Mapping techniques were super simple back them. People would just depict what they saw and measured length by walking. Maps were simple pictorial representations of the areas and maps weren’t accurate and rich in detail as modern maps are.
But then, humanity discovered agriculture and first permanent settlements were found. And we need maps of those settlements.
Babylon And Ancient Greece
Once the first civilizations were founded, people needed maps since we began to live in permanent settlements. In ancient Sumer, where the first urban civilization has been established, humans needed maps in order to depict cities and other, smaller, settlements.
Summers made maps of their cities, and those maps used similar crude mapping techniques. Distances were measured in steps, and maps stayed highly pictorial. Babylonians drew maps on clay tablets and back then maps were considered works of art and not something common folk used to navigate around like we do in modern times.
The first map of the world was made in Babylonia, and it showed the known world along with oceans, rivers, cities, and lands around Babylonia. It wasn’t accurate, or true to life, but it gave the humanity the first map of the known world.
Babylonians used some advanced mapping techniques, like using boats to travel along the coast and map coastlines, but without means to calculate latitude and longitude all those maps were inaccurate and crude compared to those that were made in Ancient Greece.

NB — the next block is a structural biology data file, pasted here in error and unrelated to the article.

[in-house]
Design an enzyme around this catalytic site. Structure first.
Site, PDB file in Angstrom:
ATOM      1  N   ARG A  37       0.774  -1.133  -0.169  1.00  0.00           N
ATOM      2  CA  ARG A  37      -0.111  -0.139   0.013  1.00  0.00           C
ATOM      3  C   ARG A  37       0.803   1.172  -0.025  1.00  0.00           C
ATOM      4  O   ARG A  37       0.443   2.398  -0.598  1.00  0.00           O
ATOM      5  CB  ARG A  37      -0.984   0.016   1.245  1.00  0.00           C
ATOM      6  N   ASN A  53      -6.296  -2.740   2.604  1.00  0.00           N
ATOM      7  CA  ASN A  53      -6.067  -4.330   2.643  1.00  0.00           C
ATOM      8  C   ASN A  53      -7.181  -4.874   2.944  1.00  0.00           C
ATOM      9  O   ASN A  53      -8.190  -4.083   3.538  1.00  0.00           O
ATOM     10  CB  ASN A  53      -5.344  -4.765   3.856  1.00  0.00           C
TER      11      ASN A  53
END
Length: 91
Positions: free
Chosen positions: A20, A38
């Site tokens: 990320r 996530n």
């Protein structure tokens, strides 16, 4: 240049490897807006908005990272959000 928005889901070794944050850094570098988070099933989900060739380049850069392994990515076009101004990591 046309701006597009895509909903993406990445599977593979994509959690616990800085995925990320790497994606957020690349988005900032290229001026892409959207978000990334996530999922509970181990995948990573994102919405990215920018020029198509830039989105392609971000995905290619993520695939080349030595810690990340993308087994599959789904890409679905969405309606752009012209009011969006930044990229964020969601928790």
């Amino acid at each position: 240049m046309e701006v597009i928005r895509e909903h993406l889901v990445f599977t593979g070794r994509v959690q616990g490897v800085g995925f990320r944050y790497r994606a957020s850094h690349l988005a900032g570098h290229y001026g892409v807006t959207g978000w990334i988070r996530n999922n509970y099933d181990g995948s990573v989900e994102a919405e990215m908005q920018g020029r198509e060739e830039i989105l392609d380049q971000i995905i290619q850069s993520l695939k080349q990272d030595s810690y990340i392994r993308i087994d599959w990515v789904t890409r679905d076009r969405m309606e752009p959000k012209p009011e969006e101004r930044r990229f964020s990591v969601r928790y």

Ancient Greece was highly developed civilization. The Greeks gave us democracy, the foundations of medicine, mathematics, geography, and other sciences. And one of the most important persons, who gave us basic principles of modern mapping, was Ptolemy.
He introduced the first coordinate system based on latitude and longitude, which were based on the observations of Eratosthenes of Cyrene, who concluded the Earth has a spherical shape. Ptolemy has written the world’s first atlas called Geographia, which contained thousands of maps of many areas of the then-known world. And they were all based on his coordinate system.
Ptolemy's map of the known world
Latitudes and longitudes gave maps much-needed accuracy and finally introduced mathematical principles to mapping. From them on, mathematics and the coordinate system became the basis of each and every map.
China And Middle Ages
While Ancient Greeks gave us a modern coordinate system which is the basis of all modern maps, Chinese also managed to develop a similar system and incorporate it into their maps. They made a grid system and used it to construct a map of China along with nearby states that were huge. It was 9.1 m by 10 m and showed the Chinese kingdom along with neighbouring barbarian states.
Chinese people also used ships to map the coastline, and distance was measured in steps. Those maps were more precise than those of ancient Babylon because, with the help of the grid system, Chinese scientists could show accurate distances.